Some visitors to John O'Groats have accused it of being tacky
Tourists have been going to John O'Groats since the 1500s, when Dutchman Jan De Groot started a ferry service across the Pentland Firth to Orkney.
But in recent years the town has had a terrible reputation, with one major guide book describing it as "a seedy little tourist trap."
Highlands and Islands Enterprise has been asking members of the public how the site should be transformed.
As that consultation comes to an end, BBC reporter Huw Williams reports from the top right hand corner of the Scottish mainland.
I couldn't quite believe my eyes.
Two lads, pushing fridges, coming towards me on the A9. They were heading south, as I travelled north.
I had to find out more, so I parked by the side of the road and flagged them down.
Turns out they were James Miller and Marcus Dean.
Inspired by comedian Tony Hawks, who walked round Ireland with a fridge, they'd decided to take their own two fridges on a stroll from John O'Groats to Land's End.
On the way, they hope to raise £5,000 for the Alzheimer's Society.
They want to finish their bizarre mission by December, because their parents have told them they have to be home for Christmas.
"John O'Groats to Lands End, or the other way round, is THE ultimate in Britain," Marcus told me.
James Miller and Marcus Dean aim to carry their fridges to Land's End
"It's the furthest you can do, without doing the entire coastal route," he added.
So John O'Groats will always be special, just because of where it is.
But their impressions of the place itself weren't great.
"It's all aimed at tourists, so it's a rip-off, and a bit tacky," James said.
"As an example, " he added, "in the John O'Groats cafe a can of Irn Bru is £1.20. But just out of the town, in the post office, an Irn Bru is 39p."
Marcus agreed: "All there is really is a roundabout, a sign post, and a few tourist shops."
In recent years critics, have agreed that John O'Groats is bleak and tatty.
The recent closure of the hotel on the site hasn't helped.
As the building declines into dereliction, it can make the whole place feel as though it's seen better days.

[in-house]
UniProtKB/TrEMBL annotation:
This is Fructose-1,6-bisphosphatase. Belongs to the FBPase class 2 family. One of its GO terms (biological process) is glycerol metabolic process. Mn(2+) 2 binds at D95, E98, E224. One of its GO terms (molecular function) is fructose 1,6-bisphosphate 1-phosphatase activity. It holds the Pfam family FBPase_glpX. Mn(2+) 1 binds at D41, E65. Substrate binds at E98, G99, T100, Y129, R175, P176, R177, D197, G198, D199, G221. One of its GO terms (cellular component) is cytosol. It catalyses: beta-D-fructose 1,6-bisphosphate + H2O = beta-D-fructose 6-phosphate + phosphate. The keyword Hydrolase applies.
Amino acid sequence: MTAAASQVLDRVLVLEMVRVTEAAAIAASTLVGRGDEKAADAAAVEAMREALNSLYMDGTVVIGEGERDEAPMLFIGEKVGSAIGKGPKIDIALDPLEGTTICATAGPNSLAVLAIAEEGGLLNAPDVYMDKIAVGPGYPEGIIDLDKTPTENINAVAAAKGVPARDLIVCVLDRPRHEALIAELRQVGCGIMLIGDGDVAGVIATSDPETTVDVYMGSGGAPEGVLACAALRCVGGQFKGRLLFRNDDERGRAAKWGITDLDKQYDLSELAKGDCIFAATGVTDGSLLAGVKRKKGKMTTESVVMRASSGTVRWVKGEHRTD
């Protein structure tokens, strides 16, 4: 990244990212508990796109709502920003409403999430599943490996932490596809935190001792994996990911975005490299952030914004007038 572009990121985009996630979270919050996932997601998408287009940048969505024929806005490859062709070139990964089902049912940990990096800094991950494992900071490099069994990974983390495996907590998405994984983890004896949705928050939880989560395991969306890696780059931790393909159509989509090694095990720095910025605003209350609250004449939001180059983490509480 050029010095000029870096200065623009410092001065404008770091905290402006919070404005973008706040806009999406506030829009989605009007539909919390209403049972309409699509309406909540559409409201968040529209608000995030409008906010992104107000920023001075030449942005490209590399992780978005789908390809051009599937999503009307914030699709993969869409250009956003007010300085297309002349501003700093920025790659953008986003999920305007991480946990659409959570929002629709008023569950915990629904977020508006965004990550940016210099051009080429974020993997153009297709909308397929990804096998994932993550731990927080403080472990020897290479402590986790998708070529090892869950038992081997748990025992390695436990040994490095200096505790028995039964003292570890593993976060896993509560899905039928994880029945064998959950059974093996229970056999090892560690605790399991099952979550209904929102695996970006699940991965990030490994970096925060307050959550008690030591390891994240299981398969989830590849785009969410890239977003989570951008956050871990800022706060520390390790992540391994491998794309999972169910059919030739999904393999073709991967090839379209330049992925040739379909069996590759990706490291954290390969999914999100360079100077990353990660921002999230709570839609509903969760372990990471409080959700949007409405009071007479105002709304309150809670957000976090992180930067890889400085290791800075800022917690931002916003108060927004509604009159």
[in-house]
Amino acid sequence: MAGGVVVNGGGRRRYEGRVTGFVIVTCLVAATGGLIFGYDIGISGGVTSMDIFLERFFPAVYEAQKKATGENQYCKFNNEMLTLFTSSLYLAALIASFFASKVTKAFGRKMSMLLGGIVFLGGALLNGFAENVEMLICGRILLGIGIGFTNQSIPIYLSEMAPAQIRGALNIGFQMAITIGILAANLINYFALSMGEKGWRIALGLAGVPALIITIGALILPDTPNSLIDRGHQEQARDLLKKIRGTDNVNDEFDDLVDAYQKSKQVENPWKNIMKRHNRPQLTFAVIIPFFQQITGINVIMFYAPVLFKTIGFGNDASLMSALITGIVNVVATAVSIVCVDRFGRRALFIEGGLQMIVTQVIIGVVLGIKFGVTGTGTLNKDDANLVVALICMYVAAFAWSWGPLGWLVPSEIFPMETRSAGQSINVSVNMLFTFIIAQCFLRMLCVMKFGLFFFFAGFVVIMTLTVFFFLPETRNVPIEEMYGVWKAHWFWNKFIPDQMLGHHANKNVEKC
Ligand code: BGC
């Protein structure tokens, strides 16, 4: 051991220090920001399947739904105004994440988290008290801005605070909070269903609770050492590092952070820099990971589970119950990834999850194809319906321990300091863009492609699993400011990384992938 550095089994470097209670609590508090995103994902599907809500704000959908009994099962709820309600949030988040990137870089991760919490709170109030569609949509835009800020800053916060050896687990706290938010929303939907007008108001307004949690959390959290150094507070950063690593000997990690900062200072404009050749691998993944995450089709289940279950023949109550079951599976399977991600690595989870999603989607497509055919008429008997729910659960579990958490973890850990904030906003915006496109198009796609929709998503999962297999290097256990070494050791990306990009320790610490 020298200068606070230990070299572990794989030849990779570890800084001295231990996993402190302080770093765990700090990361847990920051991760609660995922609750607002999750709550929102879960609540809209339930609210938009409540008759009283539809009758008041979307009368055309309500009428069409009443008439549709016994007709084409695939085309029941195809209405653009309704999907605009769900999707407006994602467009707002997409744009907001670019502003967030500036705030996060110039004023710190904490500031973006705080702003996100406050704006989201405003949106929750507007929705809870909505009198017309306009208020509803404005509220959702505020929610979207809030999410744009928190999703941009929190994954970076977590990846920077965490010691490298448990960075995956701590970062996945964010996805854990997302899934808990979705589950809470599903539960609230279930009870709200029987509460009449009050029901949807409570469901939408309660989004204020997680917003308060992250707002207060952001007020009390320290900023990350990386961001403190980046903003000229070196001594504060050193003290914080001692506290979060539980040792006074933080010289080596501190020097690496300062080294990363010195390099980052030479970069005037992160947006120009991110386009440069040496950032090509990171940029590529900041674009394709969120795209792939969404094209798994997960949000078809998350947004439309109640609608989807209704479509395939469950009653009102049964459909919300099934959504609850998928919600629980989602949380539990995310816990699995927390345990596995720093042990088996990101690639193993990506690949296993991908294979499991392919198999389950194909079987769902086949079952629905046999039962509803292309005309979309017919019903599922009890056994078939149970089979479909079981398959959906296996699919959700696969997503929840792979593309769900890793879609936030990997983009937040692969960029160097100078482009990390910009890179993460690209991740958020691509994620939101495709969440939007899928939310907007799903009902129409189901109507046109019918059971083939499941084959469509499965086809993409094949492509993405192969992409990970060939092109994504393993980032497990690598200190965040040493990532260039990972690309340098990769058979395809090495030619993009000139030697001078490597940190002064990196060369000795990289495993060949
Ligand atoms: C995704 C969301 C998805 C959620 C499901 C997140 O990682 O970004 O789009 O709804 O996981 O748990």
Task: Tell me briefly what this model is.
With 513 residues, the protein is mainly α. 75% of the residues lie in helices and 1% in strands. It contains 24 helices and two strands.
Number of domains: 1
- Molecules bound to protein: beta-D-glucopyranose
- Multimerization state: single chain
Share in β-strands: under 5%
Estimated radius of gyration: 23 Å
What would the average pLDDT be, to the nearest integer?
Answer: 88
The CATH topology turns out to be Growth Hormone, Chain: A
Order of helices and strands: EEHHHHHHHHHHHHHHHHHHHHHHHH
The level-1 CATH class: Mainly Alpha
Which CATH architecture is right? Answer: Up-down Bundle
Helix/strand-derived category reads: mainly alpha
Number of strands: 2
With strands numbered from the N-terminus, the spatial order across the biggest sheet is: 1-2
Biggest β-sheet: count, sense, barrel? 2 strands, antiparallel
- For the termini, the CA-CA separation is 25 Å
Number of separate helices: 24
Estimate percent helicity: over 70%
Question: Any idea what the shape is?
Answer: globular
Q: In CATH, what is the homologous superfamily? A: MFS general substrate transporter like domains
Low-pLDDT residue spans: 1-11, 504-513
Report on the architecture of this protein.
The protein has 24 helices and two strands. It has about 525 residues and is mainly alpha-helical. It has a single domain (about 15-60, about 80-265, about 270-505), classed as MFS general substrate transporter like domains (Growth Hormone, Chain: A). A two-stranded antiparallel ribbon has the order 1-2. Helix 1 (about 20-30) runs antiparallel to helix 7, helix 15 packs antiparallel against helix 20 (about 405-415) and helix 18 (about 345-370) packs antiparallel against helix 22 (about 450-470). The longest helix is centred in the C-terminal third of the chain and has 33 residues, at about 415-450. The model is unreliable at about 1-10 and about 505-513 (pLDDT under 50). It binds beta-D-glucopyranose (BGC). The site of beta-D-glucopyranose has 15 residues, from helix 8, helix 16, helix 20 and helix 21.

However, not everyone agrees with that assessment.
Jane Wilson, from Dumbarton, told me: "It could probably do with a few more things, like a park for the kids to play in.
"But, saying that, we've had a great day. We've thoroughly enjoyed it."
David Cathcart, who was visiting from Glasgow, added: "I came last year, and loved it. I like the scenery of Scotland, rather than going abroad. So long as we get the weather, it's great. They could do with some more shops, and more things to do here. But that's all I'd change."
But Highlands and Islands Enterprise (HIE) want the area to be transformed.
Carol Gunn, from HIE's Thurso office, said: "John O'Groats is much more than just a car park. We're overlooking the Pentland Firth, with fantastic views over Stroma and Orkney.
"To the east we've got the late Queen Mother's holiday home at the Castle of Mey, and locally there are fantastic sea bird colonies, and great coastal walks. The sea stacks at Duncansby are probably the best in the whole of the UK."
But if everything is so wonderful, why the consultation on how to make it better?
"We need to keep moving forward, to meet the needs of the modern-day discerning traveller," Ms Gunn explained.
The closure of the hotel did little to improve the image of John O'Groats
"What we're doing just now is developing a master plan, and we're in a period of consultation which closes this week.
"We'd urge anybody who has an interest to come forward. We're keen to get as many views as possible."
As part of that exercise, HIE drafted in consultants GVA Grimley to write a report about what John O'Groats could be like.
They don't want to pre-empt the findings of the research, which is due to be published in a couple of month's time.
But they do say that John O'Groats is a unique kind of tourist destination - it doesn't need to advertise in order to get people to visit.
They will come anyway, whether it's by bike, pushing a fridge, in a tourist coach, on pogo sticks, in a steam powered car, on a tractor or in one of the many European registered cars and camper vans you see up and down the A9.
But, they say, what John O'Groats needs to do is to offer more so visitors spend more time - and more money - in the area, not just stay long enough to take a few photographs and buy some tartan-themed souvenirs.